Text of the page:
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The detection dog capable of working undistracted from its task in any environment is a very rare dog. European vendors selling dogs to the United States government, with many years of experience, often have an acceptance rate under 50%. In a government supported breeding program for detection dogs, the acceptance rate was under 20% for dogs with the lowest amount of selective breeding and with the least amount of purposeful development exercises. The most difficult part for most dog enthusiasts to understand is that these dogs are developed for the singular and independent task of finding odor. This requires dogs with high levels of resilience to perform repetitious and monotonous behavior, motivated and excited to respond to specific odors, and dogs often capable of working independently of the handler. A good dog chooses odor over the handler; a good dog ignores distraction to complete its task; a good dog works past any barriers and impediments to get to the source of odor; and a good dog will perform this behavior at very high search to target object ratios.

Below are attributes critical to a dog’s success in detection work:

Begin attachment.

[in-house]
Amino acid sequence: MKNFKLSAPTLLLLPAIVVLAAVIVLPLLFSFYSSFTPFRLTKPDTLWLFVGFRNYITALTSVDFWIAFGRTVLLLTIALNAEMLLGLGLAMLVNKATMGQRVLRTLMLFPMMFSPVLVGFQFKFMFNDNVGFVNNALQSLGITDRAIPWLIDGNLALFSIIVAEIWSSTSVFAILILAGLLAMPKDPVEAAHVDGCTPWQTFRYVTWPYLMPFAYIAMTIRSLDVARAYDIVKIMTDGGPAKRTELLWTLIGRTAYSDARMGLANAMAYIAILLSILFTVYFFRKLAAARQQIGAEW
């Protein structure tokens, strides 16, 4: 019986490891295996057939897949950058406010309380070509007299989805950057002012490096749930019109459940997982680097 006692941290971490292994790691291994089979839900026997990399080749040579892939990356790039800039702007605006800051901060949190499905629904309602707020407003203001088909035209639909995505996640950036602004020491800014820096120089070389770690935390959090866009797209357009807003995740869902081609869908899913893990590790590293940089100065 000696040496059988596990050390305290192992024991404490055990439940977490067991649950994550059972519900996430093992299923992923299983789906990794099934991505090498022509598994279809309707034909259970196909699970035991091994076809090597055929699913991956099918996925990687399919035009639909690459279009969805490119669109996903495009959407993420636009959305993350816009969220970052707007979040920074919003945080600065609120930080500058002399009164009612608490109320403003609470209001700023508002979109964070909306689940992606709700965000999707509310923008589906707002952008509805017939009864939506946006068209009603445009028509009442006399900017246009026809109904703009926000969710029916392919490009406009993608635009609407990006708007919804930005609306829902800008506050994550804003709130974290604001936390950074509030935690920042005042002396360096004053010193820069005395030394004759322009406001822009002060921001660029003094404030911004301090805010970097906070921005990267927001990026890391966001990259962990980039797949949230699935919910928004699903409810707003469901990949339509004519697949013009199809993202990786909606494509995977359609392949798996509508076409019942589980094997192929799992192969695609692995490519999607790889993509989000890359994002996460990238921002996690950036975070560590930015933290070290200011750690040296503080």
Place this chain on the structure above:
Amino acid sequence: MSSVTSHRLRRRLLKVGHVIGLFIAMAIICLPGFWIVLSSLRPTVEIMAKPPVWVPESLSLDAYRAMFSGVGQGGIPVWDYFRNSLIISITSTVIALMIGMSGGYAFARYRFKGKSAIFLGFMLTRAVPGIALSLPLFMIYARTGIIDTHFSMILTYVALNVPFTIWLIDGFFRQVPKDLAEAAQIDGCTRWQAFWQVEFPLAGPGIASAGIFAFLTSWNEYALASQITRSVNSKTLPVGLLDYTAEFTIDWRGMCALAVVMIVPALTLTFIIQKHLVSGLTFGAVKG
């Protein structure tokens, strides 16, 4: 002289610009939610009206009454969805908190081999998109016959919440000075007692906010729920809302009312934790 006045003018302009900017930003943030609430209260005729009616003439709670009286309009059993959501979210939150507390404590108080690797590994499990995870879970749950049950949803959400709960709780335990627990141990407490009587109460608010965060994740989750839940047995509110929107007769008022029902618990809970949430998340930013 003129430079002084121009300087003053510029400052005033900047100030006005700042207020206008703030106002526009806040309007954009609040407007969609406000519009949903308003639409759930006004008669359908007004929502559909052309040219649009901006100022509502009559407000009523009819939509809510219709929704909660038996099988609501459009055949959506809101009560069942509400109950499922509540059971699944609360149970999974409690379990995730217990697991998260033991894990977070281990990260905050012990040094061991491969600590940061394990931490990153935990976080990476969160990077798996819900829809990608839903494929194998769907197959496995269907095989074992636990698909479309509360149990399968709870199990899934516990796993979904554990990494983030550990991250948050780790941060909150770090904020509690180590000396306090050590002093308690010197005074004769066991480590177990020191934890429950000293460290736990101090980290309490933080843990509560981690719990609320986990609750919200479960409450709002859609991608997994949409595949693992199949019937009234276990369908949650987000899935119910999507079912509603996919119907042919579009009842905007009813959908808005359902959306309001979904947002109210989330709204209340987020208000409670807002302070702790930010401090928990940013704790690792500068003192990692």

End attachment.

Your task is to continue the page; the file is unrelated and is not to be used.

Socialization – The dog must be able to overcome the many social interactions required to perform its task. Exercises will be age appropriate.

o Socialization to people – strangers are distractions, not opportunities for rewards

o Indoor behavior and outdoor behavior around people

o People as targets – trained odor may attract the dog, but the dog cannot be intrusive or rude to those people

o Proper behavior in transport

o Proper behavior receiving veterinary care

o Practical bodily elimination

Environmental Stability – Specific exercises that are age appropriate.

o Early neurological development

o Distracting objects and distracting footing

o Noise exposure (noises that are routinely heard in the dog’s potential working environment)

o Negotiating objects and containers that may restrict movement towards odor to include safe heights, extended body reach, elevators, moving walkways, escalators, conveyor belts and carousels

o Becoming neutral to approach/avoidance conflicts

o Distracting odors (cleaning agents, industrial odor, exhausts, food, waste)


o Early development of response to odor as a reward source (self discovery – self reward)

o Learning new odors

o Simple odor finds to complex odor finds

Reward Engagement

o Early development of response to odor as a reward source (self discovery – self reward)

o Exposure to multiple reward items without creating bias

o Types of possession – mental, physical, and independent possession

o Creating extreme desire for possessing beyond the simple retrieve

o Reward from source rather than reward from handler


o How to search in height and depth

o Training steady pace and consistent search

o Creating strong sniffing behavior

o Understanding how air flow impacts search

o Following presentations

o Shaping final response

Assessment – Used for remediating training and as a measure of the dog’s success in meeting final goals.

o Dognition

o C-Barq

o Australian Customs testing

o New methods


o Diet

o Exercise

o Daily physical exams

o Visiting the veterinarian